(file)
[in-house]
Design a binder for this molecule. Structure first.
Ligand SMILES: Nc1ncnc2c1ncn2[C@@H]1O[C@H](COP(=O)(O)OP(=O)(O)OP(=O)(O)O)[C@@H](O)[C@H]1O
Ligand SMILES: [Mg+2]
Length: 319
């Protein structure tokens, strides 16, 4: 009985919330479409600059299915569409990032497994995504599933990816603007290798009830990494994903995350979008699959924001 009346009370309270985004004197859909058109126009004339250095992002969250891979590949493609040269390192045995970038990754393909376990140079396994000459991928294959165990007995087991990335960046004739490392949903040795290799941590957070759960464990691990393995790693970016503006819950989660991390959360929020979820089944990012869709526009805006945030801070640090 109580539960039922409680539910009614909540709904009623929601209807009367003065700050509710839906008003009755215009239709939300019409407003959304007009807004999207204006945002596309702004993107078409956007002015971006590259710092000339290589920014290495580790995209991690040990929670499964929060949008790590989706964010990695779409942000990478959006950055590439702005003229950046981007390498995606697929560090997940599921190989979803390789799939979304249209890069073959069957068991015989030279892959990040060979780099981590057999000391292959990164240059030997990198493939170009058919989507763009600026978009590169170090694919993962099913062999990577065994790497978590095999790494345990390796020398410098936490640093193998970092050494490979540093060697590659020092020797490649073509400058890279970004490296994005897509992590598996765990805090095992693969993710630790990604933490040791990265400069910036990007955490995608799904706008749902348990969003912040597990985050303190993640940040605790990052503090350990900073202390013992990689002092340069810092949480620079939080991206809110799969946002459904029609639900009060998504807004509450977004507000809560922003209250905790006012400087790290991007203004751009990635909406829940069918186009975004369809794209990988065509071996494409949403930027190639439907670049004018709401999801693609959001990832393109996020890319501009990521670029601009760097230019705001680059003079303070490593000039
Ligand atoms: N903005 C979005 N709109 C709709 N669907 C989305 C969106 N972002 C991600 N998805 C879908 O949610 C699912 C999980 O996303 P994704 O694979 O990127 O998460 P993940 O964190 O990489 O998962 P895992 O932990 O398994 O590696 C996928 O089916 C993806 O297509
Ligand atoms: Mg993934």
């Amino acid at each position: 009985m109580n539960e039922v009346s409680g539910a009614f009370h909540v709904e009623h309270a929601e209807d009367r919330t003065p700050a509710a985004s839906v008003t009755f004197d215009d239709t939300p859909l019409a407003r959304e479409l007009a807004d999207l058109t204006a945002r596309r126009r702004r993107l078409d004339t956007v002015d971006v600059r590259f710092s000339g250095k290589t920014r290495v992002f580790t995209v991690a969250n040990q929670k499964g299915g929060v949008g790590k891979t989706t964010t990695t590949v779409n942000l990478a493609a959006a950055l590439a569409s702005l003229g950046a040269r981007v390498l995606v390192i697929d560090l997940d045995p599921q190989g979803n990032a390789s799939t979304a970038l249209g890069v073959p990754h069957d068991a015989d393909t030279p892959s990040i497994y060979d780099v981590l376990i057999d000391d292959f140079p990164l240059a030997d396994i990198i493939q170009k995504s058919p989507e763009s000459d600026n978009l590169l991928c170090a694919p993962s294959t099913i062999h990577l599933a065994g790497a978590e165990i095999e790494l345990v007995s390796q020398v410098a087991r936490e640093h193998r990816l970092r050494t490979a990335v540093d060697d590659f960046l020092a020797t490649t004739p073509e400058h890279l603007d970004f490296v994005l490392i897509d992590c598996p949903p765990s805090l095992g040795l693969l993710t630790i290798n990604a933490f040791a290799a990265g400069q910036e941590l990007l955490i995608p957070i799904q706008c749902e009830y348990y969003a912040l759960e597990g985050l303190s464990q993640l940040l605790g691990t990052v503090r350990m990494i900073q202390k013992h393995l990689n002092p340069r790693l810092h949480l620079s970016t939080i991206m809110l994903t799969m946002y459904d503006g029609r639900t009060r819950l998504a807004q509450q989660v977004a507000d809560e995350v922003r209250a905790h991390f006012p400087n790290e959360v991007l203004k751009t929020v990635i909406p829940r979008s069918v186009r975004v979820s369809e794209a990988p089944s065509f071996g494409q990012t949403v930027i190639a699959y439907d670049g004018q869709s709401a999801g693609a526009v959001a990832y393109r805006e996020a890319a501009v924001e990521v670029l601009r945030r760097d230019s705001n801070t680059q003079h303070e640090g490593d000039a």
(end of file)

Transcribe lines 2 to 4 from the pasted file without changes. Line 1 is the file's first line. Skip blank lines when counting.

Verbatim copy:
Design a binder for this molecule. Structure first.
Ligand SMILES: Nc1ncnc2c1ncn2[C@@H]1O[C@H](COP(=O)(O)OP(=O)(O)OP(=O)(O)O)[C@@H](O)[C@H]1O
Ligand SMILES: [Mg+2]